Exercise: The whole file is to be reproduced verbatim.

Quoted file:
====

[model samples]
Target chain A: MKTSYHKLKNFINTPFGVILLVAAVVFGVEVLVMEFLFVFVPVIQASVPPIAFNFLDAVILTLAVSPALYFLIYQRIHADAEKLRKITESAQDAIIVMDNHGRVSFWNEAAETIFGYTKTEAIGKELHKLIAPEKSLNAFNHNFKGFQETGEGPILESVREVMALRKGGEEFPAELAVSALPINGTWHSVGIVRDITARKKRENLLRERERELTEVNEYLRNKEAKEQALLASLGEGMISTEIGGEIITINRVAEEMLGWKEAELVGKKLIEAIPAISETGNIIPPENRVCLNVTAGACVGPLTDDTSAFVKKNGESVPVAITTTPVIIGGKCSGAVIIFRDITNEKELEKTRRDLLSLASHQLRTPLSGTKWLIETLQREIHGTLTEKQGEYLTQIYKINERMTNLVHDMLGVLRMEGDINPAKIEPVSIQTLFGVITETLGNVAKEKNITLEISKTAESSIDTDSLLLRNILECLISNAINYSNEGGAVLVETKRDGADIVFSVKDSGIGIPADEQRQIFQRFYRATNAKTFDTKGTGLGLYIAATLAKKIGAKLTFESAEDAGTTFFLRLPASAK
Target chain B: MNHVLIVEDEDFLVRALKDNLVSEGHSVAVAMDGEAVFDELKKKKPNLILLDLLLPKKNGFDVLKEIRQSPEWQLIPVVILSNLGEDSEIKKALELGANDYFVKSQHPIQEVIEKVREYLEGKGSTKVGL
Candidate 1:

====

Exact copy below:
[model samples]
Target chain A: MKTSYHKLKNFINTPFGVILLVAAVVFGVEVLVMEFLFVFVPVIQASVPPIAFNFLDAVILTLAVSPALYFLIYQRIHADAEKLRKITESAQDAIIVMDNHGRVSFWNEAAETIFGYTKTEAIGKELHKLIAPEKSLNAFNHNFKGFQETGEGPILESVREVMALRKGGEEFPAELAVSALPINGTWHSVGIVRDITARKKRENLLRERERELTEVNEYLRNKEAKEQALLASLGEGMISTEIGGEIITINRVAEEMLGWKEAELVGKKLIEAIPAISETGNIIPPENRVCLNVTAGACVGPLTDDTSAFVKKNGESVPVAITTTPVIIGGKCSGAVIIFRDITNEKELEKTRRDLLSLASHQLRTPLSGTKWLIETLQREIHGTLTEKQGEYLTQIYKINERMTNLVHDMLGVLRMEGDINPAKIEPVSIQTLFGVITETLGNVAKEKNITLEISKTAESSIDTDSLLLRNILECLISNAINYSNEGGAVLVETKRDGADIVFSVKDSGIGIPADEQRQIFQRFYRATNAKTFDTKGTGLGLYIAATLAKKIGAKLTFESAEDAGTTFFLRLPASAK
Target chain B: MNHVLIVEDEDFLVRALKDNLVSEGHSVAVAMDGEAVFDELKKKKPNLILLDLLLPKKNGFDVLKEIRQSPEWQLIPVVILSNLGEDSEIKKALELGANDYFVKSQHPIQEVIEKVREYLEGKGSTKVGL
Candidate 1: